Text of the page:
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Ammonothermal Growth of GaN Substrates for LEDs

ARPA-E Award: 
Fremont, CA
Project Term: 
06/06/2012 to 01/31/2016
Project Status: 
Technical Categories: 
Critical Need: 
Gallium nitride (GaN)-based light-emitting diodes (LEDs) have demonstrated much higher efficiencies than traditional lighting technologies. However, adoption into large-scale applications has been inhibited by high costs, which are due in part to the absence of inexpensive native substrates. If highly efficient, low-cost LEDs fabricated on native substrates are deployed widely in both commercial and residential applications, the new substrate and native-substrate-based LED technologies could lead to savings of up to 300 terawatt-hours of electricity per year, roughly equivalent to the output of fifty 1000-megawatt power plants.
Project Innovation + Advantages: 
Soraa's new GaN crystal growth method is adapted from that used to grow quartz crystals, which are very inexpensive and represent the second-largest market for single crystals for electronic applications (after silicon). More extreme conditions are required to grow GaN crystals and therefore a new type of chemical growth chamber was invented that is suitable for large-scale manufacturing. A new process was developed that grows GaN crystals at a rate that is more than double that of current processes. The new technology will enable GaN substrates with best-in-world quality at lowest-in-world prices, which in turn will enable new generations of white LEDs, lasers for full-color displays, and high-performance power electronics.
Potential Impact:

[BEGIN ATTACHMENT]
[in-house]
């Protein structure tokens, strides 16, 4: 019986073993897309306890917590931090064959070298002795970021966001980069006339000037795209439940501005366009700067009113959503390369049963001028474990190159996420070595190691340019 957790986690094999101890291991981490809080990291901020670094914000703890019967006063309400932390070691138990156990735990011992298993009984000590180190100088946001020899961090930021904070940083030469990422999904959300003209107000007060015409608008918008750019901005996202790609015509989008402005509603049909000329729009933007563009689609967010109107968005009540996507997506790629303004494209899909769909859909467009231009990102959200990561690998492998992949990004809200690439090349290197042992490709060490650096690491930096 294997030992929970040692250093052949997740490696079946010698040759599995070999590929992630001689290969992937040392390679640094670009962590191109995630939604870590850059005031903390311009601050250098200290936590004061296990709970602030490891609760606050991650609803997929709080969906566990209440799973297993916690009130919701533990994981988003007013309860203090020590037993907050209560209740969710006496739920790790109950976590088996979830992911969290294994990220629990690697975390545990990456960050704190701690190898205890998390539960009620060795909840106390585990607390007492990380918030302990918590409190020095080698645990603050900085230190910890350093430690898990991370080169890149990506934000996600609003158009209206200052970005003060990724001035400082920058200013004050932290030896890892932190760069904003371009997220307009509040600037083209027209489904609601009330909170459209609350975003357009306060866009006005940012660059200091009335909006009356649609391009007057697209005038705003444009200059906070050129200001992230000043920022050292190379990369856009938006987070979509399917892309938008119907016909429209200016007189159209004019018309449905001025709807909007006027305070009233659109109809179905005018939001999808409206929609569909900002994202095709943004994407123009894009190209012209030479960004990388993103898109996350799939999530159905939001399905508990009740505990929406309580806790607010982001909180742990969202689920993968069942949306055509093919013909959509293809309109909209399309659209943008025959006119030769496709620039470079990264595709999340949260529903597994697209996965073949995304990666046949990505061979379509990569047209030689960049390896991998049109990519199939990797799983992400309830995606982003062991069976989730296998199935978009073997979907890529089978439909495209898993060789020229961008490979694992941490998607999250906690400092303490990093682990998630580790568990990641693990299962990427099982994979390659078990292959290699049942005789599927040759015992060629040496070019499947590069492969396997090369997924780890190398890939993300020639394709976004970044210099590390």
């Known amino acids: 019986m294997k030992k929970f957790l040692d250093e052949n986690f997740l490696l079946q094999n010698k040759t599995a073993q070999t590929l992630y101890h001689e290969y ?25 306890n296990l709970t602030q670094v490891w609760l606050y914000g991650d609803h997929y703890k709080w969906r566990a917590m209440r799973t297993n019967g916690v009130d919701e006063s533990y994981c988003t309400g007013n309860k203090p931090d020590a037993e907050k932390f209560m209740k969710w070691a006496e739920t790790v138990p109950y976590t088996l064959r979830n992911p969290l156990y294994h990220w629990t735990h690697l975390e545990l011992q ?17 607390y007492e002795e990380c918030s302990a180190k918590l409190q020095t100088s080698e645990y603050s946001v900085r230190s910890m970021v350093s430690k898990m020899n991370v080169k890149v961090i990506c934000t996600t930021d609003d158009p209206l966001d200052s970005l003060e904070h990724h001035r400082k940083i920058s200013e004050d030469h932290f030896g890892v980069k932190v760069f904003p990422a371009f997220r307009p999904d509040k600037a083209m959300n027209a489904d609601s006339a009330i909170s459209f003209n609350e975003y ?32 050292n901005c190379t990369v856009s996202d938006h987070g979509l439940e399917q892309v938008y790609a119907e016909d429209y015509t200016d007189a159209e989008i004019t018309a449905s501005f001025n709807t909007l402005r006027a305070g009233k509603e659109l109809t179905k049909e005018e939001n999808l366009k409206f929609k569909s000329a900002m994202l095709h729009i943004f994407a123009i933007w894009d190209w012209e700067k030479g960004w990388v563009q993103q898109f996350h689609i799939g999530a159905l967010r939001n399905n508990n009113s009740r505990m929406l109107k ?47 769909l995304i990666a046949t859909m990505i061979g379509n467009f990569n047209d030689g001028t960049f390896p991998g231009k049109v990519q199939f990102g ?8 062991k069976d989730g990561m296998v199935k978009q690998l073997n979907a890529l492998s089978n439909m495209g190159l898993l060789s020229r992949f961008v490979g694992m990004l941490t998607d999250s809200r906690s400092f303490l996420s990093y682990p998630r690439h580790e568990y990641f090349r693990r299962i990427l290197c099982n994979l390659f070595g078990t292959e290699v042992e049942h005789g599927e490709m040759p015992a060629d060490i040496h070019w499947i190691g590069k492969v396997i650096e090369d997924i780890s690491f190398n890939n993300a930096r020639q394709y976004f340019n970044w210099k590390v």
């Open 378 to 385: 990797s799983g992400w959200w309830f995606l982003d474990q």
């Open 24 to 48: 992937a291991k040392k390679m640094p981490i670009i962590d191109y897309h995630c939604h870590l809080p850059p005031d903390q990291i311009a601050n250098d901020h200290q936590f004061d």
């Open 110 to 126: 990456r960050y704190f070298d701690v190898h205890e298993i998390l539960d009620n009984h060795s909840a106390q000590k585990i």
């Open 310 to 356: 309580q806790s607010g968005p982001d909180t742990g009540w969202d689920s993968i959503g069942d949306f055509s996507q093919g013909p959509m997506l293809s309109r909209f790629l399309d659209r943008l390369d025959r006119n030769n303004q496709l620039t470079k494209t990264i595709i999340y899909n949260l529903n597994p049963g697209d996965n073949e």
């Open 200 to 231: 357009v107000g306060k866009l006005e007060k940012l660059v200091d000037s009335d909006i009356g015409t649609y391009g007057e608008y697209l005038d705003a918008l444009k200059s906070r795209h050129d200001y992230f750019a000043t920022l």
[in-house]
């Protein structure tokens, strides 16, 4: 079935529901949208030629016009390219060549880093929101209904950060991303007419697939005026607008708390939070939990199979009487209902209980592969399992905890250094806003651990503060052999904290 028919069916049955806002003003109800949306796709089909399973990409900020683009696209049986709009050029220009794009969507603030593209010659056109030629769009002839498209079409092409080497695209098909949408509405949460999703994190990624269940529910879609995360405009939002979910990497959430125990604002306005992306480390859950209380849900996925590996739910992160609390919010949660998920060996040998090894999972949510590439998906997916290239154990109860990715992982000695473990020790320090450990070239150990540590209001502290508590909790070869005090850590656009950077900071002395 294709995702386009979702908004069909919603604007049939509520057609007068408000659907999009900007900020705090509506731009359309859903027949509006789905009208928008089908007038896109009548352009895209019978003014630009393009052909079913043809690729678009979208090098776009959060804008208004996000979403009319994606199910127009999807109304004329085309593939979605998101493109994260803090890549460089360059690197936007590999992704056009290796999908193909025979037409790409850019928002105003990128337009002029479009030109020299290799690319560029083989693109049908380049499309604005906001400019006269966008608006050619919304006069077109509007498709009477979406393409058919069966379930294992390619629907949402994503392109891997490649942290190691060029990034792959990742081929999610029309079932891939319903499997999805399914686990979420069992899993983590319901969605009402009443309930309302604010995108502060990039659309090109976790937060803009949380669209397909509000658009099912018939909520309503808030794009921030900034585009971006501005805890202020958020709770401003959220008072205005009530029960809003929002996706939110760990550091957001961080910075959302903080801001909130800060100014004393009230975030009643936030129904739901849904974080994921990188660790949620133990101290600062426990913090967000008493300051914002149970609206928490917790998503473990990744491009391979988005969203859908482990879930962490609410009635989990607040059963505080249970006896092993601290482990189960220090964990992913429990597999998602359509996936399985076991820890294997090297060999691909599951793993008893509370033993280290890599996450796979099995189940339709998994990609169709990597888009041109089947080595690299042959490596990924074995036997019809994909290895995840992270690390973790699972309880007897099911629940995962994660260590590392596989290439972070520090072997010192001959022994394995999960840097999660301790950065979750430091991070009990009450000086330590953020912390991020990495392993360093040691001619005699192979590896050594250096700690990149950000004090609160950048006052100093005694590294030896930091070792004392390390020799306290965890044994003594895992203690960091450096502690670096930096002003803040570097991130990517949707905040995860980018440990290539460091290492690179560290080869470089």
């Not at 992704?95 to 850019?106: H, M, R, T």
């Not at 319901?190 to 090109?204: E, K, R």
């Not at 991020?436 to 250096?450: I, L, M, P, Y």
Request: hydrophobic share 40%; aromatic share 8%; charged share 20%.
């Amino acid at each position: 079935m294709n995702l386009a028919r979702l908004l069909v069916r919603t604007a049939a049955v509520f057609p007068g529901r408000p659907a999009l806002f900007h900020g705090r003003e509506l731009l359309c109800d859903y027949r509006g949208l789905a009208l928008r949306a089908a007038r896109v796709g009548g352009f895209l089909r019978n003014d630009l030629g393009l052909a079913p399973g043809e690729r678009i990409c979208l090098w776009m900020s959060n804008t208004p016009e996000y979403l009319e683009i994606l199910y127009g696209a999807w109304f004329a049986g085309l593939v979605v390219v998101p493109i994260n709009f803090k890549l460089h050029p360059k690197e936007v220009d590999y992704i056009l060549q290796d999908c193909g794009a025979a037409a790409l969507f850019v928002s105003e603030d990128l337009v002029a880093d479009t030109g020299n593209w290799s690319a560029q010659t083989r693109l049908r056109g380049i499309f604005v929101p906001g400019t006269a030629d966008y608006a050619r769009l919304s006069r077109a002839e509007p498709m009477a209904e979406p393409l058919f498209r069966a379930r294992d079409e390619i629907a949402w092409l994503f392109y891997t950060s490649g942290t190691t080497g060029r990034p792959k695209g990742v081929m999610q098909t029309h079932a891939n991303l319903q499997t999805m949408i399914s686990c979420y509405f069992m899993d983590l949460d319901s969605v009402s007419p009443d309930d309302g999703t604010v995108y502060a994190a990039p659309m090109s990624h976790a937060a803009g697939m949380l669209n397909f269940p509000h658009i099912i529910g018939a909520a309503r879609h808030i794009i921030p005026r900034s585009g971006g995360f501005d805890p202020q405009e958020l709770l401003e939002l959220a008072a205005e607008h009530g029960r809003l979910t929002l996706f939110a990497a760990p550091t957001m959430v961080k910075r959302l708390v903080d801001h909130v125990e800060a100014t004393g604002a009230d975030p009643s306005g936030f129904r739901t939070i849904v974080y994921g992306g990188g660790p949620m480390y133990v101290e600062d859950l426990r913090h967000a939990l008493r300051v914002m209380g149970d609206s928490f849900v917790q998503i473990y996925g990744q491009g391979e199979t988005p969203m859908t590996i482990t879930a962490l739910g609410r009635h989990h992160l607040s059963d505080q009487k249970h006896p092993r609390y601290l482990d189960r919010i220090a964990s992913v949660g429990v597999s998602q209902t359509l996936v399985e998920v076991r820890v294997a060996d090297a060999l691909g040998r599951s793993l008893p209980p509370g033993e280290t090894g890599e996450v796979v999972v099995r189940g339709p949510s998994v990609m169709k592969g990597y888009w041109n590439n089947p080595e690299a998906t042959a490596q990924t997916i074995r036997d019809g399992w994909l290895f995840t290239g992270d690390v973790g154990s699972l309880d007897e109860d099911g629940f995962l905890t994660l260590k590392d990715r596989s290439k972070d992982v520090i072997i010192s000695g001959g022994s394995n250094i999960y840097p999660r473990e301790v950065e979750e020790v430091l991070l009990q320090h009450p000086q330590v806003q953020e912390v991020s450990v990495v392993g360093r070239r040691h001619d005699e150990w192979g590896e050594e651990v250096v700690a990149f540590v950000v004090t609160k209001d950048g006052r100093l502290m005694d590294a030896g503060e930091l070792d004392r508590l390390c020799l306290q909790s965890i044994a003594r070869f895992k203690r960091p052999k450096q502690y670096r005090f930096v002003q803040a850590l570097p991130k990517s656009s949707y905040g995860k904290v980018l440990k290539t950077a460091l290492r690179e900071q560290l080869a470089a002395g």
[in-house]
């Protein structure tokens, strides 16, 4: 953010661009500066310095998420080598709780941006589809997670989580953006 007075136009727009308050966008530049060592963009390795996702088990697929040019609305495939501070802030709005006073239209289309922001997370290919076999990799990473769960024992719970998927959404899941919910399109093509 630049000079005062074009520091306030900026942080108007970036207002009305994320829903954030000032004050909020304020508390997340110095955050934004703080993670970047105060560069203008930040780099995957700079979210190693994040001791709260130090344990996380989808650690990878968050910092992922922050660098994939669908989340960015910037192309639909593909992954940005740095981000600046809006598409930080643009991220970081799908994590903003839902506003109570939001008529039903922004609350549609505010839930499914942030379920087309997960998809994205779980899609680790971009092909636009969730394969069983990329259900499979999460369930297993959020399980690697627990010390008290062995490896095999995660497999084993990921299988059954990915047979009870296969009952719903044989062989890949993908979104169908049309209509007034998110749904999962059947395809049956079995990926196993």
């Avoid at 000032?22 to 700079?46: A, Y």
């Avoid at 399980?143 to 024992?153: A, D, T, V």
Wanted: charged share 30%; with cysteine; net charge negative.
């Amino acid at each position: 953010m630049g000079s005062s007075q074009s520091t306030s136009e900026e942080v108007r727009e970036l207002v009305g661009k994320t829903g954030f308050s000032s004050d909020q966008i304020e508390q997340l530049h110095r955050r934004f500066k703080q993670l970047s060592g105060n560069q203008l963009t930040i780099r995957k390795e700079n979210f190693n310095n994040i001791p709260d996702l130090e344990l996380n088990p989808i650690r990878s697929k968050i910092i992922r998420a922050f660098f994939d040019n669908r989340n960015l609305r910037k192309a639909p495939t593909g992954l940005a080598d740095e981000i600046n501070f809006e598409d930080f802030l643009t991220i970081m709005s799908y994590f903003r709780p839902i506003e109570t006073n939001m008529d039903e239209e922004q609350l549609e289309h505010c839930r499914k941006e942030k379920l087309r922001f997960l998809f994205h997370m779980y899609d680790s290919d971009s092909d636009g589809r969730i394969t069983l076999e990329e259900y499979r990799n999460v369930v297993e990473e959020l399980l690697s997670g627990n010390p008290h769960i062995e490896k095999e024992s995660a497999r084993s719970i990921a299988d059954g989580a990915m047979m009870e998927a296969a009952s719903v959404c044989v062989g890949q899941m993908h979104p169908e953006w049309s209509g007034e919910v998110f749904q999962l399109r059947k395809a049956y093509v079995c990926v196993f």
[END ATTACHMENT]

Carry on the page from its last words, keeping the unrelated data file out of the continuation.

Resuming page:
If successful, Soraa's advanced LEDs would improve the energy efficiency of buildings, substantially reducing greenhouse gas emissions and positioning the U.S. as a leader in the new substrate manufacturing industry.
Improving the energy efficiency of our buildings reduces pressure on the electrical grid, improving its stability.
Energy savings of up to 300 terawatt-hours per year corresponds to about 210 million metric tons of carbon greenhouse gases. In addition, replacing fluorescent lamps with LEDs will reduce environmental mercury exposures.
These applications represent markets of more than $50 billion per year and have the potential to reduce electricity consumption in the United States by 10% or more.
Innovation Update: 
(As of May 2016)
Through two ARPA-E-funded projects – one through OPEN 2009 and a later project through the SWITCHES program, Soraa has built and scaled a growth chamber capable of fabricating GaN wafers at least two inches in diameter. Using its growth method, Soraa has been able to fabricate GaN wafers to produce LEDs at a higher density without a significant decrease in efficiency. The company introduced its first commercial product, MR16 LED lamps, in 2012. Soraa will continue to improve their process to make GaN crystals for power electronics. Ultimately, the team seeks to build a commercial GaN growth facility. 
Semiconductor wafer sizes must continually increase in order to drive down costs. Soraa’s innovations will help the continuous scaling of GaN wafers, which is necessary to enable higher power LEDs and power electronics that will improve U.S. energy efficiency.
During Soraa’s OPEN 2009 project, the team built a six-inch diameter ammonothermal reactor and demonstrated that it could safely grow high-quality GaN crystals at a rate of at least 10 microns per hour. Through its subsequent work under the ARPA-E SWITCHES program, Soraa built a six-inch diameter reactor that is 350x larger than early prototypes. In order to do so, the team had to overcome various technical challenges to the reactor design and process. The resulting reactor design and growth process eliminates leaking, improves temperature uniformity, optimizes internal loading of seeds and polycrystalline raw material, increases heater lifetime, and improves growth uniformity at all locations throughout the capsule. 
For a detailed assessment of the Soraa team's project and impact, please click here.
ARPA-E Program Director: 
Dr. Timothy Heidel
Project Contact: 
Mark D'Evelyn
Release Date: